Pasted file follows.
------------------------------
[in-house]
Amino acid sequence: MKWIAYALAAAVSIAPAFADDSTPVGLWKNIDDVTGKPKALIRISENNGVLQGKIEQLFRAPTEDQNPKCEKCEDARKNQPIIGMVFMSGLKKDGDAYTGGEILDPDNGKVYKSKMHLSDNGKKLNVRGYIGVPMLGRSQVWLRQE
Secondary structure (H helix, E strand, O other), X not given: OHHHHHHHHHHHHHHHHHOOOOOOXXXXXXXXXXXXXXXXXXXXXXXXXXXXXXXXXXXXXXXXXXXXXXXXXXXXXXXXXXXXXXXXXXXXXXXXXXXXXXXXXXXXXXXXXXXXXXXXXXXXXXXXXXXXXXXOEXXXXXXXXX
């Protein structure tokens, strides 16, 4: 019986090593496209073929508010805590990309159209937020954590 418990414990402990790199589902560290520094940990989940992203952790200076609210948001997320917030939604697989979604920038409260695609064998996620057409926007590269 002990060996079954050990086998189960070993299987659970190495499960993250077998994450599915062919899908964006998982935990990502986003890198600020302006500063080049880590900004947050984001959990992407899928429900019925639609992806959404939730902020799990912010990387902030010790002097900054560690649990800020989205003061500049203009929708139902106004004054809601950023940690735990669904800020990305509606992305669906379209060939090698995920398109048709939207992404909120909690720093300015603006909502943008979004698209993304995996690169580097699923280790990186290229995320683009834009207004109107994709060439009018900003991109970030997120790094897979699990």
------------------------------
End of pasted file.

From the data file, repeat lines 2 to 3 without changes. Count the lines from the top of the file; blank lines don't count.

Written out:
Amino acid sequence: MKWIAYALAAAVSIAPAFADDSTPVGLWKNIDDVTGKPKALIRISENNGVLQGKIEQLFRAPTEDQNPKCEKCEDARKNQPIIGMVFMSGLKKDGDAYTGGEILDPDNGKVYKSKMHLSDNGKKLNVRGYIGVPMLGRSQVWLRQE
Secondary structure (H helix, E strand, O other), X not given: OHHHHHHHHHHHHHHHHHOOOOOOXXXXXXXXXXXXXXXXXXXXXXXXXXXXXXXXXXXXXXXXXXXXXXXXXXXXXXXXXXXXXXXXXXXXXXXXXXXXXXXXXXXXXXXXXXXXXXXXXXXXXXXXXXXXXXXOEXXXXXXXXX